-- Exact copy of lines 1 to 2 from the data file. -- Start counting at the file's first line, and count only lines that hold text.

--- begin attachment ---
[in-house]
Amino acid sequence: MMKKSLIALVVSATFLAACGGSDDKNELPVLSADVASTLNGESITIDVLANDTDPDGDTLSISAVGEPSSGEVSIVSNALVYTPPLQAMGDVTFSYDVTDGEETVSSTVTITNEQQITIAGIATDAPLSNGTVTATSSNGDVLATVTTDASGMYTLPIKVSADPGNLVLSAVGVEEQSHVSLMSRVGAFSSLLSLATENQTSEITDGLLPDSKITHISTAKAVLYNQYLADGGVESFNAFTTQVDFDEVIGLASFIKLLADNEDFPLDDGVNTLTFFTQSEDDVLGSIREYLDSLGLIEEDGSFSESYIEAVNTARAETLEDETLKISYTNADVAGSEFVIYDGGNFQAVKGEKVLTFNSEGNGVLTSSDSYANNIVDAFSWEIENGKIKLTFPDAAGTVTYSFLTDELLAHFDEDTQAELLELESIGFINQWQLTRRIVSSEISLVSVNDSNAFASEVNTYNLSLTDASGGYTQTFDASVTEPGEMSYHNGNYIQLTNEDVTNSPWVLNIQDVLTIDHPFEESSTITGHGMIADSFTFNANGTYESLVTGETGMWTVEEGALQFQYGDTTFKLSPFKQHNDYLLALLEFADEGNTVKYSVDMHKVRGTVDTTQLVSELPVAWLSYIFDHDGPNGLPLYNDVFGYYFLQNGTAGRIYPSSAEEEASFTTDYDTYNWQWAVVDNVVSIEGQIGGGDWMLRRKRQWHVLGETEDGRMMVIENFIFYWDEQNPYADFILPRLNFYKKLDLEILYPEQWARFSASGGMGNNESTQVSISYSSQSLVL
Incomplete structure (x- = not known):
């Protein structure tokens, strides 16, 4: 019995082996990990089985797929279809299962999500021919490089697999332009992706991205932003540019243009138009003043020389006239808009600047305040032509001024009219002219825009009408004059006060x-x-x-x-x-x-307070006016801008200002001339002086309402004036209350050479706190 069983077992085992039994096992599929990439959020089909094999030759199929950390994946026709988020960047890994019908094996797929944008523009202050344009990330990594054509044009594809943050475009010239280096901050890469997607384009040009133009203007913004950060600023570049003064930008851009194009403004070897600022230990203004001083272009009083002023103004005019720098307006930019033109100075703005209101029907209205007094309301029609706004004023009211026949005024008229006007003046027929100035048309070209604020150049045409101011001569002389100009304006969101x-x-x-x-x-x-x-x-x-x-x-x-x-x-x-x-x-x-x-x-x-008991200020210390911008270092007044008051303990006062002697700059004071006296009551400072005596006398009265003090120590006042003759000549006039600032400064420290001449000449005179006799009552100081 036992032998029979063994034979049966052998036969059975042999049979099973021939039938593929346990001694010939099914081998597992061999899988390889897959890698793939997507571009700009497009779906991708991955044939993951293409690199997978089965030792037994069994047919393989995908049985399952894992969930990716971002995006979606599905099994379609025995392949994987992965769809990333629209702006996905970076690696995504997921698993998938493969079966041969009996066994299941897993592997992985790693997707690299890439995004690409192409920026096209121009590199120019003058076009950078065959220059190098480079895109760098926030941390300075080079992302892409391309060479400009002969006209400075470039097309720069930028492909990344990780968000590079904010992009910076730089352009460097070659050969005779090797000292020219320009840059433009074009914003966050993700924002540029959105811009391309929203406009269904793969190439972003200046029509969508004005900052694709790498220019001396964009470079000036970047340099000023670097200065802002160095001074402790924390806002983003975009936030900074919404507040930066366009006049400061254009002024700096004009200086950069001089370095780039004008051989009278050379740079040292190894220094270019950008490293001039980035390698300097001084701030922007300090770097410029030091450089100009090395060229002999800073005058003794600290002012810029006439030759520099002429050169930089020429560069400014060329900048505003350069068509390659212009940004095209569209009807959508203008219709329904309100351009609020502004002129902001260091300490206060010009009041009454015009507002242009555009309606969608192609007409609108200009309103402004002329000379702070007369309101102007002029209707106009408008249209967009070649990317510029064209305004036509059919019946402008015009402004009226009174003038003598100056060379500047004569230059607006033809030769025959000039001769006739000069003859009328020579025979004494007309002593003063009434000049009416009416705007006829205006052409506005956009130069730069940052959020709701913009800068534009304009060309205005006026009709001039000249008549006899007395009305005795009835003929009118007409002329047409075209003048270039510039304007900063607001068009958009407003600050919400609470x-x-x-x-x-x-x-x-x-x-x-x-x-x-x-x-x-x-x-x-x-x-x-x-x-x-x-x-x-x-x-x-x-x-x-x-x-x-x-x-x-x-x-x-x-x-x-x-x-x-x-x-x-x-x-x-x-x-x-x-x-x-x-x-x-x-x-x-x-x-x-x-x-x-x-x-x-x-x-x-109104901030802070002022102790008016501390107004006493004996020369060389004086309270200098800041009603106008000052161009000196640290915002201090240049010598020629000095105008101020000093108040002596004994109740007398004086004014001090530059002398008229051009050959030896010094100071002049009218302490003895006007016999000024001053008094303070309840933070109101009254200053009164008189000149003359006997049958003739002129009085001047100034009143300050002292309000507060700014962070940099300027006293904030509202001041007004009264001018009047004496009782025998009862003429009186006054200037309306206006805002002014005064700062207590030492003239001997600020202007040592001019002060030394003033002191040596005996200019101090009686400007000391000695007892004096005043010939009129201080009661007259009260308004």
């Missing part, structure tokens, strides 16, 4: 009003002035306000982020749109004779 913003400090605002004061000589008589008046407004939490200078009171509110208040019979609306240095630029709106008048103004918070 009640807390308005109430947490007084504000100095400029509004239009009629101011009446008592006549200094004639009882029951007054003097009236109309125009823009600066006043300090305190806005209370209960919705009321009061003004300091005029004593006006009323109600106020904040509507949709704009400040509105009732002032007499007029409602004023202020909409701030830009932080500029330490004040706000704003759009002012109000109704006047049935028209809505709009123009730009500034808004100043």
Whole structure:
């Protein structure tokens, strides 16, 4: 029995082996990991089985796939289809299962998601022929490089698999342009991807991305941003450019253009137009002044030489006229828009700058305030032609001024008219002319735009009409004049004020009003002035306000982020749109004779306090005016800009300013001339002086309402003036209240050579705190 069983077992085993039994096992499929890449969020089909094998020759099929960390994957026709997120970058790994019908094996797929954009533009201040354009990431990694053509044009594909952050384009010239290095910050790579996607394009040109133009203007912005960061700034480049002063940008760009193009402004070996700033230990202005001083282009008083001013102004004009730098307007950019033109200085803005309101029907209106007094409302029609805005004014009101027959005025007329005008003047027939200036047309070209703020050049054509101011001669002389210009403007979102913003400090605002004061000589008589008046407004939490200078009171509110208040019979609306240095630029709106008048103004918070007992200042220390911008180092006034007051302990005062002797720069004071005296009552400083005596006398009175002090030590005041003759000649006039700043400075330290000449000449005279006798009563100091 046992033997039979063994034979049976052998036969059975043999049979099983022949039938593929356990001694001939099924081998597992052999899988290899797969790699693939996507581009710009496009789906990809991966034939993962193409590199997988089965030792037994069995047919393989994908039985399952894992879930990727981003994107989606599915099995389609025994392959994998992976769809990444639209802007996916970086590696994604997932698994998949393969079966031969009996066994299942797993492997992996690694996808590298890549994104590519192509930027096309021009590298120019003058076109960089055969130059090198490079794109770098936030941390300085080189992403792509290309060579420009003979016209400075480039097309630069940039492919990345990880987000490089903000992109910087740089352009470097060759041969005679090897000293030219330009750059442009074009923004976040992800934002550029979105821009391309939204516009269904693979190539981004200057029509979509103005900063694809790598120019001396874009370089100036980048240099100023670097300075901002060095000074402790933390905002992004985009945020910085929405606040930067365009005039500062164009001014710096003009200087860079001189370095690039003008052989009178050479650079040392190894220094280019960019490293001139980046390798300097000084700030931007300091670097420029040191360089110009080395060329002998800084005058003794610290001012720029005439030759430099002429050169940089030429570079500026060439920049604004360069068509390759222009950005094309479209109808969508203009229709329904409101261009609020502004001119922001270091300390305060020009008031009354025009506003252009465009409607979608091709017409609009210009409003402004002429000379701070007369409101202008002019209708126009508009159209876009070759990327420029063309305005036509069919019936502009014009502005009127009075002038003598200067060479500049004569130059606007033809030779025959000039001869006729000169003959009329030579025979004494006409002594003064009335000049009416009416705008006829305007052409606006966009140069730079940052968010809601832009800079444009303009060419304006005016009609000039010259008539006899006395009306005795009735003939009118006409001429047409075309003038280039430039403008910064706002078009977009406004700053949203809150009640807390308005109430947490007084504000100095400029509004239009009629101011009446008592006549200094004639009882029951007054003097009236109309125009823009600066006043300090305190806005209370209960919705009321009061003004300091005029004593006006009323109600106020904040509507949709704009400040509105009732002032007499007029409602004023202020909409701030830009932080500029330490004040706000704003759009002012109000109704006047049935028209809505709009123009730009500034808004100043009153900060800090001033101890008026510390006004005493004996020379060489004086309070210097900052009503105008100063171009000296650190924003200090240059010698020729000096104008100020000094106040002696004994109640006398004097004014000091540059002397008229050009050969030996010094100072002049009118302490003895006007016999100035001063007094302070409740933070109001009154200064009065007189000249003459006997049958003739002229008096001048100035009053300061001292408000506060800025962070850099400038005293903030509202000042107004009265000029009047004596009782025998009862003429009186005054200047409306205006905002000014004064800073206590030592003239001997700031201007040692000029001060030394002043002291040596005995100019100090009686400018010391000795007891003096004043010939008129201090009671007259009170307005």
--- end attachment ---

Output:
[in-house]
Amino acid sequence: MMKKSLIALVVSATFLAACGGSDDKNELPVLSADVASTLNGESITIDVLANDTDPDGDTLSISAVGEPSSGEVSIVSNALVYTPPLQAMGDVTFSYDVTDGEETVSSTVTITNEQQITIAGIATDAPLSNGTVTATSSNGDVLATVTTDASGMYTLPIKVSADPGNLVLSAVGVEEQSHVSLMSRVGAFSSLLSLATENQTSEITDGLLPDSKITHISTAKAVLYNQYLADGGVESFNAFTTQVDFDEVIGLASFIKLLADNEDFPLDDGVNTLTFFTQSEDDVLGSIREYLDSLGLIEEDGSFSESYIEAVNTARAETLEDETLKISYTNADVAGSEFVIYDGGNFQAVKGEKVLTFNSEGNGVLTSSDSYANNIVDAFSWEIENGKIKLTFPDAAGTVTYSFLTDELLAHFDEDTQAELLELESIGFINQWQLTRRIVSSEISLVSVNDSNAFASEVNTYNLSLTDASGGYTQTFDASVTEPGEMSYHNGNYIQLTNEDVTNSPWVLNIQDVLTIDHPFEESSTITGHGMIADSFTFNANGTYESLVTGETGMWTVEEGALQFQYGDTTFKLSPFKQHNDYLLALLEFADEGNTVKYSVDMHKVRGTVDTTQLVSELPVAWLSYIFDHDGPNGLPLYNDVFGYYFLQNGTAGRIYPSSAEEEASFTTDYDTYNWQWAVVDNVVSIEGQIGGGDWMLRRKRQWHVLGETEDGRMMVIENFIFYWDEQNPYADFILPRLNFYKKLDLEILYPEQWARFSASGGMGNNESTQVSISYSSQSLVL